The level of quality cannot be defined once and for all, since both the criteria and evaluation methods, as well as the assessment of the results achieved, may change. This is caused by various factors, for example technological, political, economic, as well as the ones connected with the community in which and for whom information services work. It is crucial that these varying criteria and methods, as well as the dissimilarity in the level of the quality achieved by a given country, are taken into account when aiming at adopting the international standards on the quality of information work. Countries differ in living standards they achieve, in the level of education, and the way they introduce innovations. Setting the goal is of fundamental importance, since its accomplishment or failure to reach it may be treated as a basis for quality assessment. Jacek Wojciechowski writes: "[...] the goal is the main reason for every action to be taken and put into practice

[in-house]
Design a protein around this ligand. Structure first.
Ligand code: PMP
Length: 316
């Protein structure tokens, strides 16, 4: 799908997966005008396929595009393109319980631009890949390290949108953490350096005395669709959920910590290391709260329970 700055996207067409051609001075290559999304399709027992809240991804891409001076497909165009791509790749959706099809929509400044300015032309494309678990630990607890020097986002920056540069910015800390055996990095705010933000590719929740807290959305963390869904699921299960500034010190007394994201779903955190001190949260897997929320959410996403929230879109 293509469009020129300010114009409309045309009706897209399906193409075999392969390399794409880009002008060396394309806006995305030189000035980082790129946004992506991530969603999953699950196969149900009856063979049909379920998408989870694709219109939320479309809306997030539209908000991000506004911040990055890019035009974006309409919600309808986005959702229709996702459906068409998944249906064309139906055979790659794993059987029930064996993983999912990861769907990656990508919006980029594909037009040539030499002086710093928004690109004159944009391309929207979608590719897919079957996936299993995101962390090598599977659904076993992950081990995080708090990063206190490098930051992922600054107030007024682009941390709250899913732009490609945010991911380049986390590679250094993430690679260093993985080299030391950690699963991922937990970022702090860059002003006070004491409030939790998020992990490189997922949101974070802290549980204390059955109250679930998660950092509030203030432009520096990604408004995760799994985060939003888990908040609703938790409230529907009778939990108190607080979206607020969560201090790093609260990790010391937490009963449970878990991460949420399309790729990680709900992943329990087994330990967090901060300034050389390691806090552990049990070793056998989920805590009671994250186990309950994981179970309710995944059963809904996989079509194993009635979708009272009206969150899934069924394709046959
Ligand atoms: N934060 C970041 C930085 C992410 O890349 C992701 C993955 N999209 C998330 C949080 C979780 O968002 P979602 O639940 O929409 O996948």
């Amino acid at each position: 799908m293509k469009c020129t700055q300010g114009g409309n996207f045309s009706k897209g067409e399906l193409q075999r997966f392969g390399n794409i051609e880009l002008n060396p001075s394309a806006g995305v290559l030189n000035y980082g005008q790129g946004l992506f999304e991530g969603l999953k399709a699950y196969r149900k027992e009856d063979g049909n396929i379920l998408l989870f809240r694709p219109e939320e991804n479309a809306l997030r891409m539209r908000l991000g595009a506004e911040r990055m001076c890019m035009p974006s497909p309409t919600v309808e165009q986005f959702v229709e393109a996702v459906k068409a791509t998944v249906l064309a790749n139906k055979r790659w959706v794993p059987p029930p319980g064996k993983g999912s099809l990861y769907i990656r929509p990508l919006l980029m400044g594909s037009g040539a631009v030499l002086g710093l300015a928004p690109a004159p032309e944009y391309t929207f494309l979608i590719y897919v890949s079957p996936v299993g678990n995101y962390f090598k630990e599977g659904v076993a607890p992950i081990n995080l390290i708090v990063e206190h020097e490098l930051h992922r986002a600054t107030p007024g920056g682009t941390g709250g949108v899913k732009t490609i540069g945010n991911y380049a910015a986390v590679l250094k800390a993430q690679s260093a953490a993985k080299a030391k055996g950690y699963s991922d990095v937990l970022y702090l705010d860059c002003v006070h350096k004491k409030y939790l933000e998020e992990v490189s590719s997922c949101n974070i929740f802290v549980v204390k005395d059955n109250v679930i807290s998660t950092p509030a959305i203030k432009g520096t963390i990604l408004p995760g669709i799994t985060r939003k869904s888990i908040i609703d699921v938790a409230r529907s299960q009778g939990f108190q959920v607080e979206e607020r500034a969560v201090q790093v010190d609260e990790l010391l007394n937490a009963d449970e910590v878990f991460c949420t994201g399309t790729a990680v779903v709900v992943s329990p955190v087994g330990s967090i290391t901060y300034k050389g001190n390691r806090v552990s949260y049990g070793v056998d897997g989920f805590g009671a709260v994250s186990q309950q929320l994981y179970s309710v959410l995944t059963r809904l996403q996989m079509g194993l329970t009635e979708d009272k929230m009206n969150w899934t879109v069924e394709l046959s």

in library practice, and sometimes also in theory, the main, final goal is often understood to be a mere use of a medium or a library without taking into account the communication results. It is a faulty approach, since there can be no use for the sake of use, or reception for the sake of reception. It must have a certain effect after all." (Wojciechowski, pp.37-38). The final goal for every information institution may be slightly different. It is also possible to realise multiple goals, but when discussing some general problems relating to local communities that are to become an information society, defining the quality of performance must be of a general character. It is easier to evaluate the performance of one institution, one information service, and it is obviously more difficult to do it with reference to, for example, the whole country, and even more difficult when assessing information provision in a global network which is the internet.